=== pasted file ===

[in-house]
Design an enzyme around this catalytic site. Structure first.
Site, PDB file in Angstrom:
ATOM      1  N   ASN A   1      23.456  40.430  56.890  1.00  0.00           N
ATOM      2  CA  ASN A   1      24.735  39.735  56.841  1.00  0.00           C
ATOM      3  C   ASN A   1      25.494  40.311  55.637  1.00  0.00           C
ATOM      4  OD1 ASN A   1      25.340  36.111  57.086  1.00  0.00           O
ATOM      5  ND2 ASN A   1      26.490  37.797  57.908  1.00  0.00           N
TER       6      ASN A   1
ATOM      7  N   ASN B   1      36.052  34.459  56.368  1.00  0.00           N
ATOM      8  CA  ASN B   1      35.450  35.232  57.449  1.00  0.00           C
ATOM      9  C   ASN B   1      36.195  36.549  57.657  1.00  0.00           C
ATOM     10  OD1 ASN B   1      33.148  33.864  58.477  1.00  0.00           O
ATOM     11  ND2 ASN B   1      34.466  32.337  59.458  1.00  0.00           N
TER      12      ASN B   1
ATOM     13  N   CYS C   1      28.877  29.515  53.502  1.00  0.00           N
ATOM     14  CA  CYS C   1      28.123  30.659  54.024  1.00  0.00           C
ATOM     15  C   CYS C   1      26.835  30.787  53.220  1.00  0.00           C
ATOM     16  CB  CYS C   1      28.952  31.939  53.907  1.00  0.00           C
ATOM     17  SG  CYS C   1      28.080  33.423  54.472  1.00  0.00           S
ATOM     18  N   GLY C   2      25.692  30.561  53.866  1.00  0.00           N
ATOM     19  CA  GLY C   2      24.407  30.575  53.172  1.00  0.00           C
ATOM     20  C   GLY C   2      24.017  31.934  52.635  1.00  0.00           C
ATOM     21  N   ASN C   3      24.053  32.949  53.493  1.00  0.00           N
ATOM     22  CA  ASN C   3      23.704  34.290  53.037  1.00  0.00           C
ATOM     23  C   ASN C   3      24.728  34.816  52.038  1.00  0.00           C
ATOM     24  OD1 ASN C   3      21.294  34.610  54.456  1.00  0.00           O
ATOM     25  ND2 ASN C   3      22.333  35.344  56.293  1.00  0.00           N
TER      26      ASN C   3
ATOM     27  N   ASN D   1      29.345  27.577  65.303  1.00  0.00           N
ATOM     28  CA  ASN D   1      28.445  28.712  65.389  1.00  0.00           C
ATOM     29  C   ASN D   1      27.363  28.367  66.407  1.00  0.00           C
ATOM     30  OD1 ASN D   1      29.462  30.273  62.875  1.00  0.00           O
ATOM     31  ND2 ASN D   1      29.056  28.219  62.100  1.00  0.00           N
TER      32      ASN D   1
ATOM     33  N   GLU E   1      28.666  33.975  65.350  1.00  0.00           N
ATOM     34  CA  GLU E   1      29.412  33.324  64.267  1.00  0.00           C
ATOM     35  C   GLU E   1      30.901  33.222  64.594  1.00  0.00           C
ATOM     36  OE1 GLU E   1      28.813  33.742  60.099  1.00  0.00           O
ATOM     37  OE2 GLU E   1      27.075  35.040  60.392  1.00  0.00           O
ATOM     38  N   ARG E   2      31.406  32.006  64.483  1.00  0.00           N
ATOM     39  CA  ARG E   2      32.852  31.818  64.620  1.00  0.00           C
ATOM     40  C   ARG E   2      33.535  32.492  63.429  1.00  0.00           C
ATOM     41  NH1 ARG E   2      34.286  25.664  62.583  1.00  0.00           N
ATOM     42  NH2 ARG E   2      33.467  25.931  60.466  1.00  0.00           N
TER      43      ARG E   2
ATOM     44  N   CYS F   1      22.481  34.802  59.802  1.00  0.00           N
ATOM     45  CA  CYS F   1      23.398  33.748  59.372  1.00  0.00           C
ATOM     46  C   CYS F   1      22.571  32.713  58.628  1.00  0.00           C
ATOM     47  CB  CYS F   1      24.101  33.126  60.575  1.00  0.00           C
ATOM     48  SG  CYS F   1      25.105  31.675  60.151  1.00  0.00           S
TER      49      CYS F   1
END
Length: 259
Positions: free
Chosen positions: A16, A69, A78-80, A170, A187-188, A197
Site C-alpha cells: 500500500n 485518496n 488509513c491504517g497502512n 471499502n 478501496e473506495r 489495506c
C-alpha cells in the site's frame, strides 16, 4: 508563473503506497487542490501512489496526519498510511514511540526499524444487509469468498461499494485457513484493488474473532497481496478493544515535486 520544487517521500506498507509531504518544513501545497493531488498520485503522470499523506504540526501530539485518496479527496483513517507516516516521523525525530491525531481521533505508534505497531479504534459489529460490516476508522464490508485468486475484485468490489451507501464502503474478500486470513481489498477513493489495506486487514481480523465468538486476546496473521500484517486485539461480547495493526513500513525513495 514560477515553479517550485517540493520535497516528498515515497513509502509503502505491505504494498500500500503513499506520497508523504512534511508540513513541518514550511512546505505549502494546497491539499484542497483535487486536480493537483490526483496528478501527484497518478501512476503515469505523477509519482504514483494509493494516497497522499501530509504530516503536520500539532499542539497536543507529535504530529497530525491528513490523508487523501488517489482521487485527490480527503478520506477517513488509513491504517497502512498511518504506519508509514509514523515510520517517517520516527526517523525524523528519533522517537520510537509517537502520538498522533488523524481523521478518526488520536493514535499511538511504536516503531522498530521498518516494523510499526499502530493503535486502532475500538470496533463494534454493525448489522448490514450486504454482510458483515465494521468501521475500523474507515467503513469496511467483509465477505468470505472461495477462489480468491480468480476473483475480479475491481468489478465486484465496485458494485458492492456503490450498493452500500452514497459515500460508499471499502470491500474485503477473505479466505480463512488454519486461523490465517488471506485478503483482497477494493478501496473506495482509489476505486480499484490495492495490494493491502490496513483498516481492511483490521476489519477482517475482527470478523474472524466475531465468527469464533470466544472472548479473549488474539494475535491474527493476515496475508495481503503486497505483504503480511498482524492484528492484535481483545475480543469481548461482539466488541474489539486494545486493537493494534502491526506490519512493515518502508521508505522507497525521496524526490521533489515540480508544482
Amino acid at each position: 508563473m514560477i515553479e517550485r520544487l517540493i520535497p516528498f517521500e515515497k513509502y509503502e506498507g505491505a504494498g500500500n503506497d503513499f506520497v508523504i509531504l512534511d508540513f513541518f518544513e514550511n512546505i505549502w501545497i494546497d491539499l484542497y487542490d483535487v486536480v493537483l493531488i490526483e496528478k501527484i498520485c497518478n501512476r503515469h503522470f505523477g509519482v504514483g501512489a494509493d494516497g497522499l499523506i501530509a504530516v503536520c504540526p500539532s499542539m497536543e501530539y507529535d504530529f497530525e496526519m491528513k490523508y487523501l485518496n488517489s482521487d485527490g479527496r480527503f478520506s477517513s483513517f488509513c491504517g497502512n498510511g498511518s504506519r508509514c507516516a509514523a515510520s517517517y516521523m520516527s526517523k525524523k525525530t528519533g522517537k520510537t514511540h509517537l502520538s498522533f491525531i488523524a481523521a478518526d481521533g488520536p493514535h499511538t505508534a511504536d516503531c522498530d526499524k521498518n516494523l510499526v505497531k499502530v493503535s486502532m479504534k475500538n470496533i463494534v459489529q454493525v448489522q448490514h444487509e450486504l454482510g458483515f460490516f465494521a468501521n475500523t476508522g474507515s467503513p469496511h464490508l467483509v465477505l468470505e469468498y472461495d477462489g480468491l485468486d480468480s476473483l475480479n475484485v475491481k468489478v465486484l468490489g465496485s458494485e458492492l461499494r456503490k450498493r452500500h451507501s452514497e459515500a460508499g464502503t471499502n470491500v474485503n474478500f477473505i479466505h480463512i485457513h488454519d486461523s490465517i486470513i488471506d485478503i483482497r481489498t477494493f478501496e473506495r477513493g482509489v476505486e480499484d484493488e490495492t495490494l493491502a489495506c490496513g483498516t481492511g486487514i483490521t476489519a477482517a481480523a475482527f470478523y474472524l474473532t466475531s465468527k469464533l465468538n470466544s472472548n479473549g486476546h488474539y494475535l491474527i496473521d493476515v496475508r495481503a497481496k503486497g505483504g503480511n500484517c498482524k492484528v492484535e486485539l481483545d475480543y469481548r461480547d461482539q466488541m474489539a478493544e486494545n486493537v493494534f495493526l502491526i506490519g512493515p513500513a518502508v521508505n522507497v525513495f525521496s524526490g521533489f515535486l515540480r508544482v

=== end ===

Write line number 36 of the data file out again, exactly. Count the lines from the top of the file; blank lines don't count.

ATOM     33  N   GLU E   1      28.666  33.975  65.350  1.00  0.00           N